These artfully decorated beauties can basically be found in every corner of Valencia. The most special place to spot them is at the bottom of balconies. So don't forget to look up to admire these pretty glazed tiles.
Look for naughty gothic figures at the Lloja de la Seda
If you are visiting Valencia for the first time, chances are high that the Lloja de la Seda will be on your to do list. It's unmistakeable late Gothic-style look, makes it an interest monument to look at from the outside, to admire from the inside. The group of buildings was originally built to trade silk, hence its name The Silk Exchange.
If you are in for a little challenge here, look for funny, crazy figurines like the one pictured here below. What is the message behind these somewhat sexual oriented sculptures? I'm still trying to figure it out.
Let the oranges be the perfect backdrop for your Instagram picture
You can't escape oranges when visiting Valencia. They even grow on trees lining the streets. They are however inedible, so please don't touch them. Let them be the perfect background for your next picture or make a close-up of the prettiest one!
This automatically makes me think of Aqua de Valencia. This delicious local cocktail is probably to best way to enjoy Valencian oranges. It is a mix of cava, sugar, orange juice and some other spirits, depending on the secret recipe of the maker!
Be amazed by science while testing the communication wands at the Ciudad de las Artes y Sciencias
What I love most about Valencia is the contrast between its cultural heritage and its modern take on things. One minute you are walking through the old city centre, the next you are being blown away by modern architecture at the Ciudad de las Artes y las Sciencias. This modern looking architectural complex hosts a music palace, an immense aquarium, the 'Hemisféric', a Science museum and much more. Just walking around here is inspiring. It also sits at the end or beginning of the Turia gardens, one of the largest urban parks in Spain. Nine kilometres of green where you easily go for a run or a walk or just enjoy nature and unwind. A horrible flood in 1957 was a blessing in disguise; the Turia's course was diverted south of the city and the river bed is now one of Valencia's hot spots.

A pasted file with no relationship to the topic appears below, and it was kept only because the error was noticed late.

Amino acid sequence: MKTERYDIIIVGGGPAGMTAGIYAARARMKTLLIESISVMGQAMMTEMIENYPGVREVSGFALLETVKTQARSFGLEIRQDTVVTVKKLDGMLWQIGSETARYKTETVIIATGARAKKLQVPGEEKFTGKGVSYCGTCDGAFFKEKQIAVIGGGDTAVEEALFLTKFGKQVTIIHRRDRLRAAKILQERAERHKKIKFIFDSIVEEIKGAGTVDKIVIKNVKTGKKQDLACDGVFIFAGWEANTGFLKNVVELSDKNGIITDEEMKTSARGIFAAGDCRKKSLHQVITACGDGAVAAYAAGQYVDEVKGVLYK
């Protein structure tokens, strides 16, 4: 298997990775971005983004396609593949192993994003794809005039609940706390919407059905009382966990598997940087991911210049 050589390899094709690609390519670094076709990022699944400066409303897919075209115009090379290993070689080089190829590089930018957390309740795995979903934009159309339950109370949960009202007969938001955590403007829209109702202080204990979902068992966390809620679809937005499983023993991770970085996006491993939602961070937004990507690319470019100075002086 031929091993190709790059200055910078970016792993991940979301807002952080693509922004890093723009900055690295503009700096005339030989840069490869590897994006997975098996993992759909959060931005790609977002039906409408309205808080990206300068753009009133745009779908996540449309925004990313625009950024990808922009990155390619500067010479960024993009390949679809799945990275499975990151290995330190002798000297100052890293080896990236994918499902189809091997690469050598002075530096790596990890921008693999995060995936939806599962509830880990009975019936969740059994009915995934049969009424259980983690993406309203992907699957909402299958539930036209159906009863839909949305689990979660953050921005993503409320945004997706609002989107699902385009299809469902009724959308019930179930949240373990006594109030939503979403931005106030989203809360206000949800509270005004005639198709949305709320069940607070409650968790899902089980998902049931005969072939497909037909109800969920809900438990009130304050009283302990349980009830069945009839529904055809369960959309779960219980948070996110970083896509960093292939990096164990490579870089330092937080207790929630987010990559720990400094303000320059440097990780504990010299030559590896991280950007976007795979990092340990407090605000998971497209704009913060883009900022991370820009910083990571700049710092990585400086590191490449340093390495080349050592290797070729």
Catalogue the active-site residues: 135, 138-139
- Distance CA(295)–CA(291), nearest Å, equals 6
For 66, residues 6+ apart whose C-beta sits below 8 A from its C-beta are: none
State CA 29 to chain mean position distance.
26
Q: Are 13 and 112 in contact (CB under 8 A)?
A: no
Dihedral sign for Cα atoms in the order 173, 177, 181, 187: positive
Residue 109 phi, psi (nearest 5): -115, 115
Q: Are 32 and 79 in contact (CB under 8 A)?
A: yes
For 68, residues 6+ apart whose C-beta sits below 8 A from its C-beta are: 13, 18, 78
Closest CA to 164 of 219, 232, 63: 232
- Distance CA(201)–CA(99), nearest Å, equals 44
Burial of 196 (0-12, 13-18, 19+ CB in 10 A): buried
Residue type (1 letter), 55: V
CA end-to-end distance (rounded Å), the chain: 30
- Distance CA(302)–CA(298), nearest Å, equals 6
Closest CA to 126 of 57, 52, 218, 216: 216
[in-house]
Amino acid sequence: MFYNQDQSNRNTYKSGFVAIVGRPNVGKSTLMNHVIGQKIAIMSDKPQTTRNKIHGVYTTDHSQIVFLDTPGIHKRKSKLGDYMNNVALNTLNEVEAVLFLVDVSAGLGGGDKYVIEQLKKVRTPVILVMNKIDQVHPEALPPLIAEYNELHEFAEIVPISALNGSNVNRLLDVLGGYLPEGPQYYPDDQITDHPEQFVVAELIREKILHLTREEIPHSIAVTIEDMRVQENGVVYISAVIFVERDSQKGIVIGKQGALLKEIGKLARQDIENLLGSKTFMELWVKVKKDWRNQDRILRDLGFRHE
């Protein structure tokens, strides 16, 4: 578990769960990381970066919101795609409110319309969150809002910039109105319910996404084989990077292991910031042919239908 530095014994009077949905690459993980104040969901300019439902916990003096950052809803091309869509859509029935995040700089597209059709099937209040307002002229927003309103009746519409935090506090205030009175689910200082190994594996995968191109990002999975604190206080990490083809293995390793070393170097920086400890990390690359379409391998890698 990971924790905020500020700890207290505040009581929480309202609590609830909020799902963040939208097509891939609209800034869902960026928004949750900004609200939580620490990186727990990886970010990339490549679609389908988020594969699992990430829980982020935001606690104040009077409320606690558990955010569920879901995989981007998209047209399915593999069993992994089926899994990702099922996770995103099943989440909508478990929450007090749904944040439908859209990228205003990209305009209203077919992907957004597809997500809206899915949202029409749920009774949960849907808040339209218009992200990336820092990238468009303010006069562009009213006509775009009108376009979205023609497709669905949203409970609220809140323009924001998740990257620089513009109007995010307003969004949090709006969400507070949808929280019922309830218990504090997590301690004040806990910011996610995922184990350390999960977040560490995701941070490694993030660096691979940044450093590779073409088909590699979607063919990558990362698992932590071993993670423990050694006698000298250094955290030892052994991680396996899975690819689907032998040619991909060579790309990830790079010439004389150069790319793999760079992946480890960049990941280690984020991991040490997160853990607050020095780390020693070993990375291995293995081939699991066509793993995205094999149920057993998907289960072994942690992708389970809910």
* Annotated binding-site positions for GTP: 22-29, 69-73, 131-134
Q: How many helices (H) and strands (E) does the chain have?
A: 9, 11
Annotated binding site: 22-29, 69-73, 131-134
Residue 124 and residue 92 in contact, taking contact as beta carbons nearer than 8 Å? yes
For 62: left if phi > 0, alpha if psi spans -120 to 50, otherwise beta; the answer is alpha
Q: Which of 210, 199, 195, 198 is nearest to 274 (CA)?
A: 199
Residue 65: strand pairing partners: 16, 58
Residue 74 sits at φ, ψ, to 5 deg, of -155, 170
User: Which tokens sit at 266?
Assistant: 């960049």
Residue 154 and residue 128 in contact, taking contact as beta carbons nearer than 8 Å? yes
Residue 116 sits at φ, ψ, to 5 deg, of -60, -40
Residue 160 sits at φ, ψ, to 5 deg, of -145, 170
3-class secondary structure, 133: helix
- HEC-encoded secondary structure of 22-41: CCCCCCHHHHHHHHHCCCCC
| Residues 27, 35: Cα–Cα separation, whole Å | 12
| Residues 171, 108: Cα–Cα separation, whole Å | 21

If you don't have time to go inside the Science museum, here is a fun little thing to do at the entrance. Walk to the main entrance of the museum and you will find a sign that explains the magic of the communicating arches.
It will basically explain you to:
- Stand at one end of the arch while your partner or friend is at the opposite side.
- Speak normally facing the wall. Start a conversation. Omg yes, you can hear each other!
- Now place yourself in the centre of the arch and your friend stays right where he is...What do you hear? Nothing!
Amazing right? The sound waves of your voice are channelled through the arched structure and reach directly into the ear of the other person. If you stand in the middle, the waves are scattered in all directions...
Admire the colourful dresses of the Valencian traditional dancers
On any given Sunday you are most likely to stumble upon some kind of traditional dance event, especially on the Plaza de la Virgen, one of Valencia's most famous historical locations in the city centre. I do love cities where traditions are kept... Baila!
Tired of looking around? Relax at the Botanical Garden!
When visiting Valencia, you will normally easily find your way to the Turia gardens, but if you want to be even more far away from the sound of cars, I can strongly advise you to go to the Botanical Garden. It has history dating back to the 16th century and gives home to an enormous variety of species of plants.
Not only is this garden, located on calle Quart in El Botànic neighbourhood, the perfect spot to rest after an intense day of visiting museums and such, on your way over there you will run into the beautiful Torres de Quart, a defensive tower from Valencia's old city wall. Less busy than famous brother Torres de Serranos, but also with the option to go to the top! Win-win!